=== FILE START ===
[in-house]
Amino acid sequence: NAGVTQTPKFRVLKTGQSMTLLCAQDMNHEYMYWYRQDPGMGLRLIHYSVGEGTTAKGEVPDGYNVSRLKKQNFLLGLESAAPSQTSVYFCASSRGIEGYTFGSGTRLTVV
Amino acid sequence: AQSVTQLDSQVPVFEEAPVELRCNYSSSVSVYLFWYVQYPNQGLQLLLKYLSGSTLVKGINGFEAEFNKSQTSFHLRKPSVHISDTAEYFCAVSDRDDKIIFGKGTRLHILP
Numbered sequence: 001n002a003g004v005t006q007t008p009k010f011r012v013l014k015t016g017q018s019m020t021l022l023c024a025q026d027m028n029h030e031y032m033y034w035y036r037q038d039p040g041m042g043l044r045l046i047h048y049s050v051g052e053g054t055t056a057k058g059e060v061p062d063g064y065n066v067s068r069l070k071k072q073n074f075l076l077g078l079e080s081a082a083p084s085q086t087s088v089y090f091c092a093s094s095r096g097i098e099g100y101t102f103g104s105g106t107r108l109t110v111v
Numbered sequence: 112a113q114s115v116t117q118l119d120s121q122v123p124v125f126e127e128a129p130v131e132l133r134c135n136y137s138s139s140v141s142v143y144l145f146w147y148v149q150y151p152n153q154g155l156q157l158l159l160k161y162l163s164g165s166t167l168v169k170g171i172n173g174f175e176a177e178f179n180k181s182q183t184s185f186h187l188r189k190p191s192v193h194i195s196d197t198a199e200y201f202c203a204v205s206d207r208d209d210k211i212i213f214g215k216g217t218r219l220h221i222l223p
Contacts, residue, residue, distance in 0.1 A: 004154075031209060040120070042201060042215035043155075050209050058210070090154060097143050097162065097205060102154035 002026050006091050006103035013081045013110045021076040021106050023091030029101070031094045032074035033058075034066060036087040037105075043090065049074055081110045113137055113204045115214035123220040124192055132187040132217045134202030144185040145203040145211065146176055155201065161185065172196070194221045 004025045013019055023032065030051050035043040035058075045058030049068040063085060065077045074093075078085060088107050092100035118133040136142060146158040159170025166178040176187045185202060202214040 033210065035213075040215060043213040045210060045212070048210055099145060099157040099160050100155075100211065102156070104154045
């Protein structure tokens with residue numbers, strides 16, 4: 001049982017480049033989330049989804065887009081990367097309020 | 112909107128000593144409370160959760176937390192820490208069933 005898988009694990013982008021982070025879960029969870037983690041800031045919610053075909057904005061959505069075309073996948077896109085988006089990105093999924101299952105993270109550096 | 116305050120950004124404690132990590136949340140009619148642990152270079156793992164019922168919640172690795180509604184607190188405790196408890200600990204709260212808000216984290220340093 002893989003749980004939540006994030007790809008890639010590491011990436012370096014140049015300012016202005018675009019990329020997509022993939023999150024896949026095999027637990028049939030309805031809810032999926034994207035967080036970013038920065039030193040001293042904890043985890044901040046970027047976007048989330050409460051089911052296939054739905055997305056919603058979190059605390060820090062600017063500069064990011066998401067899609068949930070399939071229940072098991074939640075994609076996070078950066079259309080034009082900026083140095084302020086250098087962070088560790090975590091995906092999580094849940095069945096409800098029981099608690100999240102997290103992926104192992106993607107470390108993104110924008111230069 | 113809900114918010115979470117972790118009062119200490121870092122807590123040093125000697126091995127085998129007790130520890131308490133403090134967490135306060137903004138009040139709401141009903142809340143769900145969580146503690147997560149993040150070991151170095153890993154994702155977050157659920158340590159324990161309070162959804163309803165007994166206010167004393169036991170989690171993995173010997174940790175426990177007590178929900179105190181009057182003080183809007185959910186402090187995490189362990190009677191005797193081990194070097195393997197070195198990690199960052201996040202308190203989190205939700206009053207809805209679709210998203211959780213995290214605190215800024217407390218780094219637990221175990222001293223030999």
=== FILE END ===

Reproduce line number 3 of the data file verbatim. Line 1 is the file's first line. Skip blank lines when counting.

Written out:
Amino acid sequence: AQSVTQLDSQVPVFEEAPVELRCNYSSSVSVYLFWYVQYPNQGLQLLLKYLSGSTLVKGINGFEAEFNKSQTSFHLRKPSVHISDTAEYFCAVSDRDDKIIFGKGTRLHILP